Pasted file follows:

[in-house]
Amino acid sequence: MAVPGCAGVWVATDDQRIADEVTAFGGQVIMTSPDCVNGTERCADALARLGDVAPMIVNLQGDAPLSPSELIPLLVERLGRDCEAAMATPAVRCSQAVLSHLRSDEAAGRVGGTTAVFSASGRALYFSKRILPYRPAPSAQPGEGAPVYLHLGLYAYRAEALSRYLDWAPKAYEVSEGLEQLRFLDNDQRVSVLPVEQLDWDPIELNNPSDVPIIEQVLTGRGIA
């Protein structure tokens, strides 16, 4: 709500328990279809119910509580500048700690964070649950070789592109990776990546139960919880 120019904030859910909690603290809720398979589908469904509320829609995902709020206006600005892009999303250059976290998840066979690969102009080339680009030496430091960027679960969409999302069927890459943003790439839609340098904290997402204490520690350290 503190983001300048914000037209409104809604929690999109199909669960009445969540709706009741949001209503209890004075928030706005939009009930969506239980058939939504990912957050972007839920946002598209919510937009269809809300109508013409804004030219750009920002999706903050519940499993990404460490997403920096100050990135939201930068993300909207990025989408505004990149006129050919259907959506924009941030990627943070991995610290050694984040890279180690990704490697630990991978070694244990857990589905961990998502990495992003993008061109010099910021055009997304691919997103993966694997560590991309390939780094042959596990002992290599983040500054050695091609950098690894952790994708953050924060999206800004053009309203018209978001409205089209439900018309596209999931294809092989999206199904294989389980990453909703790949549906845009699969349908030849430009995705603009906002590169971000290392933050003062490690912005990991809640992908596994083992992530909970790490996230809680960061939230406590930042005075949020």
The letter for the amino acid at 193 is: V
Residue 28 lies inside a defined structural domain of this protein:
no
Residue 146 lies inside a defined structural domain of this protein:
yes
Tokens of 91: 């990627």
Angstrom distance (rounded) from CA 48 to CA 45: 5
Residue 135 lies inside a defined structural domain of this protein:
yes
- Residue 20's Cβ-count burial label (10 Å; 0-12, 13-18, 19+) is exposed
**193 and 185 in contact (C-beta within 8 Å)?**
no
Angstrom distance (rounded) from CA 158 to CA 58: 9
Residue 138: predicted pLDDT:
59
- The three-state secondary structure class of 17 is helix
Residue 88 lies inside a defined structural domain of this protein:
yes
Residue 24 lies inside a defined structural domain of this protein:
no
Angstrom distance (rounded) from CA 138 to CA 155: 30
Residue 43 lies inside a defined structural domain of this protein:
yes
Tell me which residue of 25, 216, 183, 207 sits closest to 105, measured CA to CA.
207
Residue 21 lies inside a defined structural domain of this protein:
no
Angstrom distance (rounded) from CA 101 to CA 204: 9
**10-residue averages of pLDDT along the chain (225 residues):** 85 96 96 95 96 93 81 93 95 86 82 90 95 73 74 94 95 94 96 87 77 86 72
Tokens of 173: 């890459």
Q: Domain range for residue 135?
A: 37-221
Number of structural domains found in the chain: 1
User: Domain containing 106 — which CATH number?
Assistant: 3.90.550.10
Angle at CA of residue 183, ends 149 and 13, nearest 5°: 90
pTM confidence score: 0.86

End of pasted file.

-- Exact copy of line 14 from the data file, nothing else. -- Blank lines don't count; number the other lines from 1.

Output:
**193 and 185 in contact (C-beta within 8 Å)?**